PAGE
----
Don't send a Christmas card to your neighbour, send one to a prisoner

Prisoners tell of being brought back from the brink of suicide by a simple message of support

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The Independent Online

Christmas cards and I do not generally get along. I'd like to pretend I have some righteous ethical objection to the gargantuan waste of energy and wood pulp that goes into the production and distribution of hundreds of millions of prints of unfunny Santa cartoons and terrible watercolours, but the honest truth is that I'm just a miserable git. All things equal, I'd prefer not to have to start thinking about Christmas until approximately teatime on December 23rd.

At its worst, the exchange of cards is one of those traditions which has evolved entirely by accident and, I am quite convinced, pleases nobody. I am talking about pressing an envelope into the hand of a colleague or acquaintance while chirruping “Merry Christmas!” This makes no sense. It is like arriving at your desk first thing, bidding your colleagues good morning, then passing them a Post-It Note bearing the handwritten legend “good morning” so they can glue it to their monitor until it wilts and drops in their coffee.   

There is another tradition that will doubtless be observed in millions of British households this week. It is a conversation that goes something like this:

“Who the hell is this person.”

“She used to live next door to Great Aunt Liz.”

“So why are we sending her a card?”

“Because she sends one to us every year.”

I have but two words to say to such rituals. The second is 'bug' and the first is 'hum.'

My curmudgeonly facade is breached by only two considerations. The first is that the sale of greetings cards is a major earner for charities each Christmas, raising an estimated £50m in the UK  alone. It remains a disappointingly small proportion of the UK greetings card industry as a whole, but is nonetheless makes up a significant contribution to many charities' coffers.

The other factor is that not everyone is blessed with the company of friends and family over the holiday season. For too many people, the Christmas period is the season to be lonely and isolated. This applies to many people in their own homes (Great Aunt Liz's old neighbour, perhaps). For others, the isolation is more intensely enforced.

Each year, the charity Just Detention International run a campaign entitled Words for Hope. It enables the public to send brief supportive messages to victims of sexual violence in prison.  Last year more than 10,000 messages got through to men and women who have been raped and assaulted while in custody. It takes just a few seconds (and costs not a penny, unless you choose to donate) to add one's own message, and the emotional impact it can have on the recipient is profound. Prisoners tell of being brought back from the brink of suicide by a simple message of support. Juvencia, a survivor in a Colorado prison, told the charity: “Just knowing that there are people who care about how inmates are being treated makes all the difference.”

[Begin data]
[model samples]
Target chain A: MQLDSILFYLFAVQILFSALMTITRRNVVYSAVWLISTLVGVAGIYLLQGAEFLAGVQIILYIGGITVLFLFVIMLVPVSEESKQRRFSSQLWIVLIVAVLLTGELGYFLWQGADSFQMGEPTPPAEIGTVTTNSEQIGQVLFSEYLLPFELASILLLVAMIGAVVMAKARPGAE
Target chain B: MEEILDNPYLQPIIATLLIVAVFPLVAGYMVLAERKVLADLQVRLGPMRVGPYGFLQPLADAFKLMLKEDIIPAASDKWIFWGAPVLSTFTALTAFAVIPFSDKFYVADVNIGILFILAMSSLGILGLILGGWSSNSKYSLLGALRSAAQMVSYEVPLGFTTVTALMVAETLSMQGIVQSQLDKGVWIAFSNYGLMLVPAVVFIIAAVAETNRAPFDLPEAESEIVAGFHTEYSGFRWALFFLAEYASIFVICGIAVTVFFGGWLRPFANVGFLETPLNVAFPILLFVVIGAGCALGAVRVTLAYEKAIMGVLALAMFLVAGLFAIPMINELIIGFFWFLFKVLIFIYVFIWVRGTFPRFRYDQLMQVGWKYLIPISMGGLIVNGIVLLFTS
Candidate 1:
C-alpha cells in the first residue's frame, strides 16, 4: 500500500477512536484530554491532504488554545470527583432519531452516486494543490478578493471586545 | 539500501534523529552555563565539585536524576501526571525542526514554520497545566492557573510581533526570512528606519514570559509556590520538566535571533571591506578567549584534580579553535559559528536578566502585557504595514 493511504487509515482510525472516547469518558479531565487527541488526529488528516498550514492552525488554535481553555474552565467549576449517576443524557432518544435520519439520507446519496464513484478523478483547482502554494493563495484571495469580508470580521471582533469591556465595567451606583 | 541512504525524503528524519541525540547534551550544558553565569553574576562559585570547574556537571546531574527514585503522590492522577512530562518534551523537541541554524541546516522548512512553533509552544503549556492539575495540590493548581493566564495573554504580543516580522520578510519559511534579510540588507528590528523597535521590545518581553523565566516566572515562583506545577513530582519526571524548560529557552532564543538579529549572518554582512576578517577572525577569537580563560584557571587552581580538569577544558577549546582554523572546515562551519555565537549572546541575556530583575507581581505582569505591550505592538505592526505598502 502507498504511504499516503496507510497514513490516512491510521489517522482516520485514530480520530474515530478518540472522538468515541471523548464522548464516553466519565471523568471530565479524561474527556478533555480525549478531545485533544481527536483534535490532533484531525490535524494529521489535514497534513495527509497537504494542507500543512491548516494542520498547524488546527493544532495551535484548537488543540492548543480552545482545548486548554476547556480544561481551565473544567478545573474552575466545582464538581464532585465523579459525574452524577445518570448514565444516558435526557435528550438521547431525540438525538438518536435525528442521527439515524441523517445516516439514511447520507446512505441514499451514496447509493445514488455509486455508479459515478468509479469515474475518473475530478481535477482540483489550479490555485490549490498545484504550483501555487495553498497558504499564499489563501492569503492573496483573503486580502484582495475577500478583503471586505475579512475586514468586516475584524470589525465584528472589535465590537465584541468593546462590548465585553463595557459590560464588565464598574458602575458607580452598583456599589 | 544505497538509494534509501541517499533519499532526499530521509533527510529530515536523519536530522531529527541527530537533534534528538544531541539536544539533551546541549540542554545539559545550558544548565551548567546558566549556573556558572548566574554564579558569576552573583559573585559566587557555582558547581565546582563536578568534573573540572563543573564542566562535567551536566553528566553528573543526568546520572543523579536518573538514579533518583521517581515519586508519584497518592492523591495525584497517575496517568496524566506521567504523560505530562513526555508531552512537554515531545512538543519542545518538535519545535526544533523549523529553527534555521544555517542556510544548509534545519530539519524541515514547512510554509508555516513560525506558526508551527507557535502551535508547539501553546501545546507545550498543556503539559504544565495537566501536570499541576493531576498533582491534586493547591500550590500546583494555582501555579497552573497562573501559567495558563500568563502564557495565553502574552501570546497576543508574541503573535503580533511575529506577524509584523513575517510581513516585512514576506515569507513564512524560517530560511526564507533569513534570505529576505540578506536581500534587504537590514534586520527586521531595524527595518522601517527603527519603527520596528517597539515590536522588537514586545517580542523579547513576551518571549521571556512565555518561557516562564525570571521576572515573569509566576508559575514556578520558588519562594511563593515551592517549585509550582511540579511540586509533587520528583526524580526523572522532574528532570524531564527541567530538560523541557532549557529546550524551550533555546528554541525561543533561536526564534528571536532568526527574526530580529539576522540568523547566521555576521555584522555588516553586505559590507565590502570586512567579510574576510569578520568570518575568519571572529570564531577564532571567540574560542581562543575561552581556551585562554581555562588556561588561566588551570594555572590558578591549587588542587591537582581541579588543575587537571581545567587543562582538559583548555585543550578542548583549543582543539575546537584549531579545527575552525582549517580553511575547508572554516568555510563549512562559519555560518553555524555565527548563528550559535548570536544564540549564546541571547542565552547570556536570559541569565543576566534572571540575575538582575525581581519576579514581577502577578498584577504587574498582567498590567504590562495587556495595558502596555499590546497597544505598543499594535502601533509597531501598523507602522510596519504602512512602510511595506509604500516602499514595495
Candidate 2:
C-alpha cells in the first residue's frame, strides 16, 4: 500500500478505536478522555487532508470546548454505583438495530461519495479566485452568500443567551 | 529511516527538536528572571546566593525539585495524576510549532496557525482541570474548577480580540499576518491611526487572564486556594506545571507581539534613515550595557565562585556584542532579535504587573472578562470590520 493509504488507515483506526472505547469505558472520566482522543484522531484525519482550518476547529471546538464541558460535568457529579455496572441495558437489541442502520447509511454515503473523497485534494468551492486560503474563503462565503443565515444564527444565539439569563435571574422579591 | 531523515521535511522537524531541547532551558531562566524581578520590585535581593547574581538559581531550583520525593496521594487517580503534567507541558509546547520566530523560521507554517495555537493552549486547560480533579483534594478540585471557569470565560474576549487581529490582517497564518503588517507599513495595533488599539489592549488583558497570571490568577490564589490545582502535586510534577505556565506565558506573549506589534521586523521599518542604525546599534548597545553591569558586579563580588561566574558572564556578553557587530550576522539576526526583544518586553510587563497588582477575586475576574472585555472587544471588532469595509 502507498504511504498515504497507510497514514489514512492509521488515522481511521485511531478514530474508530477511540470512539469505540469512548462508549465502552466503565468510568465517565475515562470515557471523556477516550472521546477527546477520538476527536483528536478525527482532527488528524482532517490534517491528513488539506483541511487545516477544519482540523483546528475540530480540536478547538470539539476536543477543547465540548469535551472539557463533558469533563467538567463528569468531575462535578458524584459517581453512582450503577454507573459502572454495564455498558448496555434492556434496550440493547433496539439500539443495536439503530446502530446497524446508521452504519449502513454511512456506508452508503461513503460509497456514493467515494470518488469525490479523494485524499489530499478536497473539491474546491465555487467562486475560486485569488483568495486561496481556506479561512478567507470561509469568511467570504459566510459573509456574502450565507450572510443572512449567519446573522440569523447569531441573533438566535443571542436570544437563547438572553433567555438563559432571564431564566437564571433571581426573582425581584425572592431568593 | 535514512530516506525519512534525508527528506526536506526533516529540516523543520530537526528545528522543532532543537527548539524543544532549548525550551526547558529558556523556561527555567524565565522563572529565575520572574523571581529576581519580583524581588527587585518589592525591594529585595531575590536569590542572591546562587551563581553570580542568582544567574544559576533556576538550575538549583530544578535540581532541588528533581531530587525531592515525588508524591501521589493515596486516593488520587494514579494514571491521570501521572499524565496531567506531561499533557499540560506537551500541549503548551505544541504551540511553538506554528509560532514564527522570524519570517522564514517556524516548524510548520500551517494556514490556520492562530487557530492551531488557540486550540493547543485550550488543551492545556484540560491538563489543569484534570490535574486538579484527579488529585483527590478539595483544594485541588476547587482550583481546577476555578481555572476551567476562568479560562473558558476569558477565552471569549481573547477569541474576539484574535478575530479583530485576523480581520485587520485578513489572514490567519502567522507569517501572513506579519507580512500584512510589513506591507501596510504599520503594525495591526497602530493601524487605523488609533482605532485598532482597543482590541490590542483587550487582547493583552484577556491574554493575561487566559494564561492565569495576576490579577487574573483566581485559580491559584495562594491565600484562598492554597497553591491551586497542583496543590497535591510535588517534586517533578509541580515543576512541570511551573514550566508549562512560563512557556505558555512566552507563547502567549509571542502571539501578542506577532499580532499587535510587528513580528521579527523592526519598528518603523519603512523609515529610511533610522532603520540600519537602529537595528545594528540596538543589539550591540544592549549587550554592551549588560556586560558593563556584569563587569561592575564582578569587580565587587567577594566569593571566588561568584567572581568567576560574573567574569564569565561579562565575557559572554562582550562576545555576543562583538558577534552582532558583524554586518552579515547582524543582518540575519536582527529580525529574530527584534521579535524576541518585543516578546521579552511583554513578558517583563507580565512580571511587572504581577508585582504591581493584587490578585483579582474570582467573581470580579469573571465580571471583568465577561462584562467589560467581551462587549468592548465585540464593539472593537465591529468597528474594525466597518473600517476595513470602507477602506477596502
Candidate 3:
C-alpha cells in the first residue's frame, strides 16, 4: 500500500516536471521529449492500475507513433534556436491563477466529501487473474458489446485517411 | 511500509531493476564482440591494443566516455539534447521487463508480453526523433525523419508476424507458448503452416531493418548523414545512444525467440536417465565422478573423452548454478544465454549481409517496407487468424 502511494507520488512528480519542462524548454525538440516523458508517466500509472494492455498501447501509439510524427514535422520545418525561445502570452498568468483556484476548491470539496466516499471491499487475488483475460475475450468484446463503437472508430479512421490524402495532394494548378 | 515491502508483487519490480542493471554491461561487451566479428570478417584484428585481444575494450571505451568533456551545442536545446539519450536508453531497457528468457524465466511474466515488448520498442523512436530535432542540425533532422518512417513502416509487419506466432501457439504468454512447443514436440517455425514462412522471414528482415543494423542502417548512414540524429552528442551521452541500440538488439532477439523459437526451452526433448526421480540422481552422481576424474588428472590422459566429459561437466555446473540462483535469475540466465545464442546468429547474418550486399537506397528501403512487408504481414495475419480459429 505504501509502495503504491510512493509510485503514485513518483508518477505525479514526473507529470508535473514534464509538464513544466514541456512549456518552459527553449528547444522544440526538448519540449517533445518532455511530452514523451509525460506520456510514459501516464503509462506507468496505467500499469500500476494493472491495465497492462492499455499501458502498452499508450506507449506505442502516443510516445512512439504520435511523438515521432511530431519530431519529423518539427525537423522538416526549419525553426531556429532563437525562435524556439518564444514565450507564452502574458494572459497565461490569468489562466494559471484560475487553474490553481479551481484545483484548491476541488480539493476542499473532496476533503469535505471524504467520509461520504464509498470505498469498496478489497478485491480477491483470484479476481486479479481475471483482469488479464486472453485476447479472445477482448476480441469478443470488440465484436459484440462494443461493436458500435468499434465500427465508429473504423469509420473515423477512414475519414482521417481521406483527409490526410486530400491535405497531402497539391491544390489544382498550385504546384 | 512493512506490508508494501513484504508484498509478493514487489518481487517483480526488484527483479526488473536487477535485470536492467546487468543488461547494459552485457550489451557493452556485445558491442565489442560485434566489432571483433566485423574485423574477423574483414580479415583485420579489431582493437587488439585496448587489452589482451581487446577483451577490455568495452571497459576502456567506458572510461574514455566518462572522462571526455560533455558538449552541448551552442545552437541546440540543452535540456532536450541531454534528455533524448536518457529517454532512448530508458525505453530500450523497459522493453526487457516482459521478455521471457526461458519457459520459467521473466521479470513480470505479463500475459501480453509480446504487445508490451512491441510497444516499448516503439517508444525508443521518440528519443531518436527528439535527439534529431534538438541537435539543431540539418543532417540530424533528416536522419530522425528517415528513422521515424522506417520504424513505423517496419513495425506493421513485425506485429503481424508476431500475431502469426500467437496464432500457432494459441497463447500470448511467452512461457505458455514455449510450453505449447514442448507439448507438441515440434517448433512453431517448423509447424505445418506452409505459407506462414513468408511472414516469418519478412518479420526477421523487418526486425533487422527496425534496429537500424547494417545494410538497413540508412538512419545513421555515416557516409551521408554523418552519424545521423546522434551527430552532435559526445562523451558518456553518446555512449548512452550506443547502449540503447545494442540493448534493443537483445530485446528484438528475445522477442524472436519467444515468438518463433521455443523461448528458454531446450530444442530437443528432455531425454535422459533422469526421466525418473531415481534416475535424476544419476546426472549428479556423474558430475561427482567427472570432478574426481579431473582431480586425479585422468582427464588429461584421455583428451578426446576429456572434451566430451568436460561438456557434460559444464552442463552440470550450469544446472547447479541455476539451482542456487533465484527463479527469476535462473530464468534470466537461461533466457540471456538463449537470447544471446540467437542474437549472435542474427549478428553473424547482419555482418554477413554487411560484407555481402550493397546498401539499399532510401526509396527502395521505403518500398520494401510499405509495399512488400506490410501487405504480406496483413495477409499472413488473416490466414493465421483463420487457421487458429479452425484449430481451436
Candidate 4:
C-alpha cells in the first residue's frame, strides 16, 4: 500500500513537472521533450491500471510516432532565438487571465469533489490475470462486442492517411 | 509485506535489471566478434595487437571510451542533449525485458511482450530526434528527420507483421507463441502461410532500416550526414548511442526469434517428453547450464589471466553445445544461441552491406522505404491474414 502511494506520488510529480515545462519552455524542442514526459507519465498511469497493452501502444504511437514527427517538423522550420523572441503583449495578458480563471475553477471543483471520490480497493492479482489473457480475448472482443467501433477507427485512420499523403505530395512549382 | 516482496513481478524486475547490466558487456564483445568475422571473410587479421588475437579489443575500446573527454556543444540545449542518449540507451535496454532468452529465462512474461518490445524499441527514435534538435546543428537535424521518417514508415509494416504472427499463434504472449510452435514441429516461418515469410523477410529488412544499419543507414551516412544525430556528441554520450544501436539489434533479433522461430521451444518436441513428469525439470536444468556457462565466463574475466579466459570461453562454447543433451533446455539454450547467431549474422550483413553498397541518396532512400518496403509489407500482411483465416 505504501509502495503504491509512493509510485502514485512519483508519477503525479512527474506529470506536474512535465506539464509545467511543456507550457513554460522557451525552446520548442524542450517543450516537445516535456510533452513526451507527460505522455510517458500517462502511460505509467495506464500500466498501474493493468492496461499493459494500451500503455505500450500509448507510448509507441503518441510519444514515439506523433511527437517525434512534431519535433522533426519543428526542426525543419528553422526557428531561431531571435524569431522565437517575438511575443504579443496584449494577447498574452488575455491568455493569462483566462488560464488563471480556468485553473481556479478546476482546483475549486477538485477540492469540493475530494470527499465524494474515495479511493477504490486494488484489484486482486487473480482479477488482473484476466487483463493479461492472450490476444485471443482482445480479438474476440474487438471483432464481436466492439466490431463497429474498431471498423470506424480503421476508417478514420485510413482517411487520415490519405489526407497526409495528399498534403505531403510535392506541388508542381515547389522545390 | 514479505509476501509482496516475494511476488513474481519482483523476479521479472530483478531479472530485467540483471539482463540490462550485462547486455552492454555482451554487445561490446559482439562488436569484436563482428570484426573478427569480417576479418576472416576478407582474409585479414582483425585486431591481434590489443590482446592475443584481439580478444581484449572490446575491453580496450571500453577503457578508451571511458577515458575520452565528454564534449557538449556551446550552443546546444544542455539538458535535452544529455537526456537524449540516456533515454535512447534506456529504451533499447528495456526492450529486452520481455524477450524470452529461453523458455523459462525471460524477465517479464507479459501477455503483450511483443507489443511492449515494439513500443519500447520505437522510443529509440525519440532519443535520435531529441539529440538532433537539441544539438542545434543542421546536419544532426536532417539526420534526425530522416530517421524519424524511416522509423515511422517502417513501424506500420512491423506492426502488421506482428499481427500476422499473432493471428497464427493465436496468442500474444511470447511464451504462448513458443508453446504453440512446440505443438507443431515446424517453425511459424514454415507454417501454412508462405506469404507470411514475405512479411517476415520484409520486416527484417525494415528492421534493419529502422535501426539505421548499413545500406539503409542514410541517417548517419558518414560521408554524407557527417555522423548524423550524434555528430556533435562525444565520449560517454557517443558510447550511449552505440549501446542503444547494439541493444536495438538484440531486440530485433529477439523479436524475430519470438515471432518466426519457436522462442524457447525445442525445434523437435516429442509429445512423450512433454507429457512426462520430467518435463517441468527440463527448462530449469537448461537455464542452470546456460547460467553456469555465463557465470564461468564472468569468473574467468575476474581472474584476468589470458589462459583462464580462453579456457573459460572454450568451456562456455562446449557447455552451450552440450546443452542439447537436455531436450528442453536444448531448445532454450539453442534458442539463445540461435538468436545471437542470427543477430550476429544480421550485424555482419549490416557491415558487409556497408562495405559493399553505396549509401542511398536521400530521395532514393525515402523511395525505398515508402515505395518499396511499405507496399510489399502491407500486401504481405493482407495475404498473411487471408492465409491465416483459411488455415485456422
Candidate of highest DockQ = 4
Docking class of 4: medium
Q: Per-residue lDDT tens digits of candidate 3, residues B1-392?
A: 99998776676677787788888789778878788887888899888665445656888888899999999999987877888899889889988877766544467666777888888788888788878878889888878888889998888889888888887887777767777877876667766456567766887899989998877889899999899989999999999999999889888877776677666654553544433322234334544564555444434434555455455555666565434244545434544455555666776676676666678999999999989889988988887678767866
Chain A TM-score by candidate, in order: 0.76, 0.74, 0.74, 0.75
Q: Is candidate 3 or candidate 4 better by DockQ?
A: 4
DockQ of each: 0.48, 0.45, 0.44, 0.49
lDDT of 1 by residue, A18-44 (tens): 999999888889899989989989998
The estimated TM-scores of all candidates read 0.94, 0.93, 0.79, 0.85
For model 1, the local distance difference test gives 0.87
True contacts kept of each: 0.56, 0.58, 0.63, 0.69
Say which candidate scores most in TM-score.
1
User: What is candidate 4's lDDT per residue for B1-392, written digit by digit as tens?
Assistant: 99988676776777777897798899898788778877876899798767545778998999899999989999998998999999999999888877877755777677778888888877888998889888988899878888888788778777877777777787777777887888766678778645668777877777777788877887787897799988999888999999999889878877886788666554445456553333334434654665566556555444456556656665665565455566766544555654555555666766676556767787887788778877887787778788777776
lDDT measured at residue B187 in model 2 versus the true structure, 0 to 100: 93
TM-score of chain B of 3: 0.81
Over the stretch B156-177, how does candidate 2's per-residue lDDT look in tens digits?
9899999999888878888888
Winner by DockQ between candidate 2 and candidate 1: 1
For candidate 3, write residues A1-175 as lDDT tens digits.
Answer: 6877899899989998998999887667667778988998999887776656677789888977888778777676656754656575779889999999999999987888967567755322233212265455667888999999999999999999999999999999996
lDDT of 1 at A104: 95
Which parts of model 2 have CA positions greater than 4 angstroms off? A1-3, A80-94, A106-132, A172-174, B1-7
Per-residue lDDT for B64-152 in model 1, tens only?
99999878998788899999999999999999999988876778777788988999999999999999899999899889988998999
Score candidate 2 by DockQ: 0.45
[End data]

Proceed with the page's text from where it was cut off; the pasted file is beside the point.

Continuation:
Similarly, this might be the perfect moment to join in with Amnesty International's campaign, Right For Writes. Prominent among their current extensive list of the world's prisoners of conscience is Chelsea Manning, sentenced to 35 years in prison for her principled disclosure of military intelligence files to Wikileaks. Amnesty invite you to write protesting her sentence to President Obama, and you can also send a card directly to Manning herself. For good measure it is her birthday on December 17th.

Closer to home, Britain's prisons are in crisis, with assaults and attacks on staff soaring amid overcrowding and savage funding cuts and a Justice Secretary who can glibly dismiss a 69 per cent rise in suicides as a “blip.” There has never been a better time to write to a prisoner. The repugnant, petty restrictions on the receipt of goods such as books and spare underwear have finally been ruled unlawful, but it remains unclear whether policies can be changed in time for Christmas. The Howard League and English PEN continue to invite us to donate a book to a prison library as an alternative in the meantime.

I appreciate that prisoners, whatever their circumstances, are not at the top of everyone's (literal) Christmas card list. Many have committed dreadful crimes and may not be considered worthy of sympathy. That does not mean they are undeserving of love and compassion. If Christmas means anything, even to a grumpy, cynical old atheist heart like mine, then surely that is it.

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